Less Controversial Sexual-Assault Bill Sails Through Senate
Sen. Claire McCaskill's bill to change the way the military handles sexual-assault cases passed the Senate with overwhelming—and expected—support Monday, with a 97 to 0 vote.
The legislation, which the Missouri Democrat crafted along with Sens. Kelly Ayotte, R-N.H., and Deb Fischer, R-Neb., would allow victims to have a say on whether their cases are tried in military or civilian court, allow them to challenge their discharge or separation from the service, and would get rid of the "good soldier" defense—which uses a soldier's military performance to combat allegations—except in cases that directly link a soldier's military behavior to the crime.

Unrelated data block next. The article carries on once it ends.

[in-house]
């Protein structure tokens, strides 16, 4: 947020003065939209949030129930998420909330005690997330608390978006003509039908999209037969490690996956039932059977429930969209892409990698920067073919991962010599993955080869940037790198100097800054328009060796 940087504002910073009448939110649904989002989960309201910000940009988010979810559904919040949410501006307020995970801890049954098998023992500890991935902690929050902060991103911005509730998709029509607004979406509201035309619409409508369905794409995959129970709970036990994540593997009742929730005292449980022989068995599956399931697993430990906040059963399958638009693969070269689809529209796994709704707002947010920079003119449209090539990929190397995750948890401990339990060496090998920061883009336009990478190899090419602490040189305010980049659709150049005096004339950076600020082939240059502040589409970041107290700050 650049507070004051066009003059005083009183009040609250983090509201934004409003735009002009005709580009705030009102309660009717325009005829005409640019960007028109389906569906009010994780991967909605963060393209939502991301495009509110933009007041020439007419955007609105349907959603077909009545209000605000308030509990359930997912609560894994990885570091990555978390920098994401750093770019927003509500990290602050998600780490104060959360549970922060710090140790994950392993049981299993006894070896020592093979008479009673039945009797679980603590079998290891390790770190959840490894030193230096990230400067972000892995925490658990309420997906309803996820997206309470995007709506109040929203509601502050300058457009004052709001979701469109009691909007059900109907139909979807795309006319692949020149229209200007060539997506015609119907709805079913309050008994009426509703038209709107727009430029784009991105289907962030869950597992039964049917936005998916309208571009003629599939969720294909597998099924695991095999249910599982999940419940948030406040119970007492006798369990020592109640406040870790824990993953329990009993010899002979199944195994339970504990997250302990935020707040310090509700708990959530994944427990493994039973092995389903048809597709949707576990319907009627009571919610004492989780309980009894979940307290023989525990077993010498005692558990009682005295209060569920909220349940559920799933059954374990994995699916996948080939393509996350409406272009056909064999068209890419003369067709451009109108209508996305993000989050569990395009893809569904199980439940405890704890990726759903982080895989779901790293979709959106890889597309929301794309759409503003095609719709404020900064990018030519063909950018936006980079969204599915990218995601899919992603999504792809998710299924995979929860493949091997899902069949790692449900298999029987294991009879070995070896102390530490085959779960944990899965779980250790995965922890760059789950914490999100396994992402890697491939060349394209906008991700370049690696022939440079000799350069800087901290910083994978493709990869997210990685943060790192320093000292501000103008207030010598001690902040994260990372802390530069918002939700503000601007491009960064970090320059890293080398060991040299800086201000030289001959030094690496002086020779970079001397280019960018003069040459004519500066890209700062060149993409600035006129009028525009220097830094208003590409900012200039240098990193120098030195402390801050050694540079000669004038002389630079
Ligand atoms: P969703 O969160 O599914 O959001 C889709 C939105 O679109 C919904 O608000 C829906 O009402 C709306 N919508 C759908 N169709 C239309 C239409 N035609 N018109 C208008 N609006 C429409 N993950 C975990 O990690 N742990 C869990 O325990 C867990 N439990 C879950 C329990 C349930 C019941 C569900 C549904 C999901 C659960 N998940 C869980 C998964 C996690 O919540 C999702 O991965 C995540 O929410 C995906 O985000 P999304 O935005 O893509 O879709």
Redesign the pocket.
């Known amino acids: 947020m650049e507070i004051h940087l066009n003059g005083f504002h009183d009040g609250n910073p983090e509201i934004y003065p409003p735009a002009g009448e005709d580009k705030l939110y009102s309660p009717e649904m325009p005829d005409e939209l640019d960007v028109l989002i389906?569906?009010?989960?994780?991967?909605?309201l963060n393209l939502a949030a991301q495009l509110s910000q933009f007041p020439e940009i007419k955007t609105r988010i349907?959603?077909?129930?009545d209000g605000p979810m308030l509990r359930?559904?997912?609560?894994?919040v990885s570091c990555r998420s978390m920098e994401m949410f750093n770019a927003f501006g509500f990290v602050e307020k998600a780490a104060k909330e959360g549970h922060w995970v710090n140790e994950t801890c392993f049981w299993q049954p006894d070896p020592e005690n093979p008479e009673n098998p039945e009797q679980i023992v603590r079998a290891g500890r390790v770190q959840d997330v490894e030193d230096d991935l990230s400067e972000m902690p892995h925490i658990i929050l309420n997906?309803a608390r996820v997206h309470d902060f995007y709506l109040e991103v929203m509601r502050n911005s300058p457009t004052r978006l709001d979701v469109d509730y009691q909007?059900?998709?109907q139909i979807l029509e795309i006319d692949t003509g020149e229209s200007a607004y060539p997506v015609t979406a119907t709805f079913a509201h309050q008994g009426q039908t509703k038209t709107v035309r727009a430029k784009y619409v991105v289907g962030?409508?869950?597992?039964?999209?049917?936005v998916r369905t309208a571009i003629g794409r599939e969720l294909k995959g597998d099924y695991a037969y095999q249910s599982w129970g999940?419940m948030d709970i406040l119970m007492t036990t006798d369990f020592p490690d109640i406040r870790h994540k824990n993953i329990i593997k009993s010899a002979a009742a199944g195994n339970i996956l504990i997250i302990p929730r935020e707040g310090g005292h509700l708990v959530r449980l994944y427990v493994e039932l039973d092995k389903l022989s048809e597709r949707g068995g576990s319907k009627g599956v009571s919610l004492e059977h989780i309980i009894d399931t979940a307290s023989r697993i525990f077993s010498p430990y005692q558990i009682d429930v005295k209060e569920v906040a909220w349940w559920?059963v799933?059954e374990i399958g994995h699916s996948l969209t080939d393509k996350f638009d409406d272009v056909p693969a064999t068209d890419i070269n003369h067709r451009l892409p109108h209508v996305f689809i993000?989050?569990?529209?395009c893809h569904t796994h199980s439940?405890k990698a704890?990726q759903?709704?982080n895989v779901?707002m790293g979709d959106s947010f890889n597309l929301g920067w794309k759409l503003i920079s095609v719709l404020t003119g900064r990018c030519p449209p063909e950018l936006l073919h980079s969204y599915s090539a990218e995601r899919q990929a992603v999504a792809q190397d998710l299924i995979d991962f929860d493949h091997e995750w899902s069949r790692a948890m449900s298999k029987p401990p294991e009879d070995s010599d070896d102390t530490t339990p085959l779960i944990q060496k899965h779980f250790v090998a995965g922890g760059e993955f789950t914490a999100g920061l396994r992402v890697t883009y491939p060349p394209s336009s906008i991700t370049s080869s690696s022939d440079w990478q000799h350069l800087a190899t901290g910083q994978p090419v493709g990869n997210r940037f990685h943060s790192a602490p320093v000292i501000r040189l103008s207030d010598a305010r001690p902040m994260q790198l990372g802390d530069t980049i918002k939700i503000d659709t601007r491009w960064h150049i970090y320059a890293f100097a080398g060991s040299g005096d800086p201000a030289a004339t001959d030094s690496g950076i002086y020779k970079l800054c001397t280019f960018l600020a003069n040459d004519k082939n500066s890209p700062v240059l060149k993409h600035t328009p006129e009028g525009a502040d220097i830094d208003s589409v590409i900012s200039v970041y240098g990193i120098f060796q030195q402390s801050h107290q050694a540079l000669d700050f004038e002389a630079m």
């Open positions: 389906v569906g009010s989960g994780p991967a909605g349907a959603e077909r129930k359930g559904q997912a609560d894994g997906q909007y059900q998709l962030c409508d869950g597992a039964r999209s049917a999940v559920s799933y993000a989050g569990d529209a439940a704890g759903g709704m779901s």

It would also extend to the military service academies recent sexual-assault changes included in the National Defense Authorization Act that relate to sexual-assault prevention and response programs.
"Unanimous agreement in the U.S. Senate is pretty rare—but rarer still is the kind of sweeping, historic change we've achieved over the past year in the military justice system," McCaskill said. "Today the Senate voted to strengthen even further what is now one of the most victim-friendly justice systems in the world."
The bill also had the backing of Senate Armed Services Committee Chairman Carl Levin, D-Mich., who said Monday that the legislation "includes real and important reforms" and "will surely make a major contribution in protecting the troops who protect us."
But it doesn't go as far as a competing proposal by Sen. Kirsten Gillibrand which would have stripped from commanders the power to decide which sexual-assault cases are prosecuted. That legislation, which victims-advocacy groups backed and the Pentagon opposed, failed to get the support of 60 senators it needed last week on a procedural vote.
The New York Democrat said that she would try to get her bill included in the next defense authorization round.